At the Western Wake Farmers Market, revenues have increased overall since implementing EBT usage.

“There is a 2% commission coming out of the amount paid to our farmers,” said Jennifer Gibbs, board member of the Western Wake Farmers Market. “However, our farmers are making more sales in general, so they’re happy.”

The Western Wake Farmers Market (WWFM) started its EBT program in June and is the first Wake County farmers market to do so.

Part of the market’s mission is to serve the underserved and to create access and education for those who can’t always afford local foods. That includes kids.

“Our education often focuses on fun things for kids to do at the farmers market,” said Gibbs. “In terms of childhood obesity, we feel like we’re one part of the mix.”

Increasing Farm to School programs proposed by state officials
The legislative task force recommends increasing capacity of the state’s Farm to School program by hiring someone to oversee the 67 different programs and increasing the efficacy of each.

Farm to School programs include any or all of four main components:

  1. farm field trips
  2. school gardens
  3. cooking in the classroom
  4. locally grown foods in school cafeterias

Farm to School’s focus is education. The goal of the program is to rebuild children’s connections to their food.

“We became obese when we no longer knew where our food came from,” said Emily Jackson, Director of the Appalachian Sustainable Agriculture Project (ASAP). Jackson’s program oversees the national Farm to School program in the southeastern states.

Jackson muses if a child “grew it, knows who grew it or helped prepare it, they’ll want to eat it.”

Farm to School facilitates hands-on experiences for children. Its goal is to affect attitudes, behaviors and lifestyles, which Jackson says is culprit behind childhood obesity.

Do Food Stamps and Farm to School programs work?
Jackson says the Centers for Disease Control has suggested an effective community strategy to address childhood obesity should include Farm to School and Food Stamps programs.

The problem is accelerating so fast however, according to Jackson, that evidence-based research and longitudinal studies can’t keep pace with rising rates of childhood obesity.

“This is a huge public health epidemic and it’s going to take all different programs,” said Robert Andrew Smith of LeafLight. “Because of all of the things wrapped into the farmers market, in many ways, it can be a springboard for people to do nutrition education, to give kids the exposure to healthy food.”

Smith started the LeafLight program in 2001, after working in food security for 10 years.

Smith’s organization provides the infrastructure for farmers markets to accept EBT and debit cards, without incurring startup and staffing costs.

LeafLight grew out of a conversation between Smith and the Carrboro Farmers Market manager in 2004. The manager wanted to equip the farmers market to accept food stamps. Smith had been exploring how to implement debit card usage at farmers markets.

Today, LeafLight provides infrastructure for EBT usage at 15 farmers markets with plans to expand to 26 in the next year. However, Smith doesn’t view farmers markets as a silver bullet to ending childhood obesity.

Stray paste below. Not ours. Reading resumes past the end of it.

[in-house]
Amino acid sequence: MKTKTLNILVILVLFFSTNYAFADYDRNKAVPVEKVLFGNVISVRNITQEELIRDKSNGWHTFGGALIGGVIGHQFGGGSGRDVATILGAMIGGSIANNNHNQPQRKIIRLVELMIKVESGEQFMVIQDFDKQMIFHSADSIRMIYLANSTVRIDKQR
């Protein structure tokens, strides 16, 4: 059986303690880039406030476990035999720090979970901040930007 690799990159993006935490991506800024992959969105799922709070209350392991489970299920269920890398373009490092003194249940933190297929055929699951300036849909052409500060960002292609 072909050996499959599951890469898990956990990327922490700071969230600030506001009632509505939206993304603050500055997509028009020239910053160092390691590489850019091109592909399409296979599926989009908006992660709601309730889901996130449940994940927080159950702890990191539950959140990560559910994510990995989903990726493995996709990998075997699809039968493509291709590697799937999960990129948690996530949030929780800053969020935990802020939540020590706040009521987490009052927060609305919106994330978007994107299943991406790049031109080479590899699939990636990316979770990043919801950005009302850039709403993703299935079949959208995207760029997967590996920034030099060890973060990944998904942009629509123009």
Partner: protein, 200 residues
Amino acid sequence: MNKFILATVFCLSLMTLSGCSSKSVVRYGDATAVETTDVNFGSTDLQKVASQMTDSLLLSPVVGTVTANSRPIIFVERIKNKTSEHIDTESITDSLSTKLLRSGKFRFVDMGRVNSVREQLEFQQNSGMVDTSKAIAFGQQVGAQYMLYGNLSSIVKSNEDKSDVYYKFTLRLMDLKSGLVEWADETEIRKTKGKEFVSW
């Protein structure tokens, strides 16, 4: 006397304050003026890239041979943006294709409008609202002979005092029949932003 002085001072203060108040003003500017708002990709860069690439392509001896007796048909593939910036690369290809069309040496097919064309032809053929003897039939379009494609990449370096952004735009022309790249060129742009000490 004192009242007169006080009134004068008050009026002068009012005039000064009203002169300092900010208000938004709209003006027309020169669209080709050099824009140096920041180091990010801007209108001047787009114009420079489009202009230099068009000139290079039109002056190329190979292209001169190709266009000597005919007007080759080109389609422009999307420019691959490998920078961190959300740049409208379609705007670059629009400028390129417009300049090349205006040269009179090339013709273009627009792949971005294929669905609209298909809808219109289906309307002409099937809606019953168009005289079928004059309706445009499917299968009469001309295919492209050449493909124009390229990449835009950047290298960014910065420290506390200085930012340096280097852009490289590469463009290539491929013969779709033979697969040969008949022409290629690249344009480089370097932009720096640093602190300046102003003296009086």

“It goes beyond the farmers market,” said Smith. “It goes to Farm to Schools, the availability of healthy food in supermarkets, even physical activity, vending machines. What I’m saying is the access to farmers markets is it may be the first exposure children may get to healthy foods.”

An okra anecdote
Jackson has seen firsthand the impact Farm to School can have on families. She shared one of her favorite stories.

“We took some kindergarteners and first-graders from Isaac Dickson Elementary to Flying Cloud Farm and Hickory Nut Gap Farm. We wanted them to study what was grown locally, tasting as we went along.

We came across this field where some okra was growing. The okra was tall, the children were small. The kids asked if we could eat the okra. They were so transfixed by the tall, beautiful plant. So the kids started eating all this okra.

The chef we brought along on the trip wanted to see what the kids got excited about.

So the next day, our chef had lots of okra prepared—pickled okra, fried okra. The children ate every bit of it—and clambered for more.

One parent wrote the restaurant chef and shared that her child had come home excited about okra. The parent went out and bought okra and prepared it at home. The parent shared that she and her child ate every bit of the okra, which was a first for the child and a first for the parent.”

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WEEK 10: Twitter recap

Here are my pros and cons of live tweeting this week:


  • Immediate and exciting
  • Like live blogging, tweeting lessens anxiety, as you don’t have time to edit
  • Short!


  • This was difficult to start. My first few tweets felt awkward. What to say?
  • Consider the venue. Tapping on an iPhone at a home brewed beer tasting in cramped quarters feels obnoxious. I’m sure it looked obnoxious too.

Lessons learned

  • Don’t forget to disable your Twitter-to-Facebook link, if you have one. I disabled the Twitter app from within FB. However, I forgot to disable this linkage from within my Twitter account. Therefore, I filled friends’ FB feeds with noise.